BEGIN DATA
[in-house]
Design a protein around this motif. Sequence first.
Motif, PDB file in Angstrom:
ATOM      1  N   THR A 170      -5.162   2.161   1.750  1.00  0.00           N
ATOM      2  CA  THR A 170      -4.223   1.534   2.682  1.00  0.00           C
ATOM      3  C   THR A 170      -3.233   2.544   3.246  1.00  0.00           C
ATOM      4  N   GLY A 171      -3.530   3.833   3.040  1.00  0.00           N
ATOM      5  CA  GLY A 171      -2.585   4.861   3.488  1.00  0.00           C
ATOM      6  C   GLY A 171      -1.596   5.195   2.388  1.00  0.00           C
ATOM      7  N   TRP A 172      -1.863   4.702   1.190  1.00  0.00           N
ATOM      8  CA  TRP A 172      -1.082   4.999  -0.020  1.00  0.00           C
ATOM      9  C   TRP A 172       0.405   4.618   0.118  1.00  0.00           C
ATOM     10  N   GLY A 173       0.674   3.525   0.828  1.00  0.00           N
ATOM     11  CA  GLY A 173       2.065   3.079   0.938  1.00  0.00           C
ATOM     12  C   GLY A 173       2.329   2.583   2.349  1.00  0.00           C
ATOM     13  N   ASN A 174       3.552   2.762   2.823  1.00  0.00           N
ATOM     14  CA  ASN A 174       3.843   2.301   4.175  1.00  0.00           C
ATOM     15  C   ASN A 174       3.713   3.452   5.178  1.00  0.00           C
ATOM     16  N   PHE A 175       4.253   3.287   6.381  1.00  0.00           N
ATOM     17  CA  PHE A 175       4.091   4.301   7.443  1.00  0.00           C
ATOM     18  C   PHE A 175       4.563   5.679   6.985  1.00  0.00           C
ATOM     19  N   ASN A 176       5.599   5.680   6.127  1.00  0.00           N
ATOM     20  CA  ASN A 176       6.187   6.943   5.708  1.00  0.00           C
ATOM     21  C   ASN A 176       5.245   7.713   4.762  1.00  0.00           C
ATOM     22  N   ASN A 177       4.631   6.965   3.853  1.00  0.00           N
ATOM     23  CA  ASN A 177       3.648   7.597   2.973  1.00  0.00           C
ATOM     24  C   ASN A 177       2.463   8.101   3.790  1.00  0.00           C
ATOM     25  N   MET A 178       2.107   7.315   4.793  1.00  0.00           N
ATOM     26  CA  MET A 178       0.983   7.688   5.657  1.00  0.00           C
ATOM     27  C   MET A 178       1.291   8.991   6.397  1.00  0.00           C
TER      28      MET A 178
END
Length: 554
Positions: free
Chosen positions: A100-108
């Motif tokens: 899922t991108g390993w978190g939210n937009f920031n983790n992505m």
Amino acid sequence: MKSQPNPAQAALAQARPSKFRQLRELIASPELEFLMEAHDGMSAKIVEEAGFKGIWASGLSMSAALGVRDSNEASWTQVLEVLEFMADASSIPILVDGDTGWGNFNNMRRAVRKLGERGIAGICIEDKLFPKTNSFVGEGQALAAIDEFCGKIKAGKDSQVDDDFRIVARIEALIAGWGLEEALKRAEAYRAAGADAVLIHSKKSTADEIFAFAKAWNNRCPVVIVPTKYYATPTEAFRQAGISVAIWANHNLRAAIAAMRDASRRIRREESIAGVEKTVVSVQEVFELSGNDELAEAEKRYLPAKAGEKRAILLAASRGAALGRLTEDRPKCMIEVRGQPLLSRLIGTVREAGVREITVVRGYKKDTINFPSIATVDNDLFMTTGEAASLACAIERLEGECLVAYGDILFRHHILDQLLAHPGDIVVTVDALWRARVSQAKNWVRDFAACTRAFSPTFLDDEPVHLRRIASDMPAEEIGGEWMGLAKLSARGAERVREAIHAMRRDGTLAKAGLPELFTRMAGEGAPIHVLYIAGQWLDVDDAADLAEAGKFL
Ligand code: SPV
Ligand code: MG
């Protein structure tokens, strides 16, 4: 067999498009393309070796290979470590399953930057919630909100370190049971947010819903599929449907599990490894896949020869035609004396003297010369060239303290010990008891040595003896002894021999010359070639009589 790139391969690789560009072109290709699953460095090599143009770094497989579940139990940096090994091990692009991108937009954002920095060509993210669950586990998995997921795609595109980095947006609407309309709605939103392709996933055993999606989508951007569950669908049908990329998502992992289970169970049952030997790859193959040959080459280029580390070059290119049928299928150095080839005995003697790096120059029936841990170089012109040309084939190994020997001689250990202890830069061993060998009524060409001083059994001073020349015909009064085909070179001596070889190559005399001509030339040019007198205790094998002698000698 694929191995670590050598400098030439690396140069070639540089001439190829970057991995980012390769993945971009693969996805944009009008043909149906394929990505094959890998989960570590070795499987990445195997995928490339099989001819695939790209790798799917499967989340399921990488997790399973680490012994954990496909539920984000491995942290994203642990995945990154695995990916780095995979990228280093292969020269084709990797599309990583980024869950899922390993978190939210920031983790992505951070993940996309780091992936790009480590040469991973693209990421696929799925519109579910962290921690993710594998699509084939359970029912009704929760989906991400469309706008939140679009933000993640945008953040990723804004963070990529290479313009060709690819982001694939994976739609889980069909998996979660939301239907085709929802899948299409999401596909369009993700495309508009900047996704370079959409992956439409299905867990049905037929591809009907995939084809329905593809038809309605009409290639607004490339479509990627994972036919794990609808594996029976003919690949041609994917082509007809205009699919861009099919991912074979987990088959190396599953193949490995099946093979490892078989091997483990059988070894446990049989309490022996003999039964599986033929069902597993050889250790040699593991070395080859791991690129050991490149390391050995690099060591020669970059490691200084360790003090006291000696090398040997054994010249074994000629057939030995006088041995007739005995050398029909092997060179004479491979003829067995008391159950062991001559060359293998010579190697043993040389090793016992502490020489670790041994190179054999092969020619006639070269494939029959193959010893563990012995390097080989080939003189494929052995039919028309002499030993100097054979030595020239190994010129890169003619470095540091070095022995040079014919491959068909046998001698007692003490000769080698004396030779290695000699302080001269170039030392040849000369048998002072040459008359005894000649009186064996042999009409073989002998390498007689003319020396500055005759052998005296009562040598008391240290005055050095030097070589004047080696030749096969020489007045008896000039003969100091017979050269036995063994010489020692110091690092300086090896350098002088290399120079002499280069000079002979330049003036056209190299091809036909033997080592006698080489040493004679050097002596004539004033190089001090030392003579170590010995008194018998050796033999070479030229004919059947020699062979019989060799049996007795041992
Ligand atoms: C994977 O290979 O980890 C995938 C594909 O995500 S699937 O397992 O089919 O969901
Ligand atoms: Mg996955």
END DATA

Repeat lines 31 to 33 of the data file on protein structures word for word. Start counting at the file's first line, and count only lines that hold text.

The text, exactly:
TER      28      MET A 178
END
Length: 554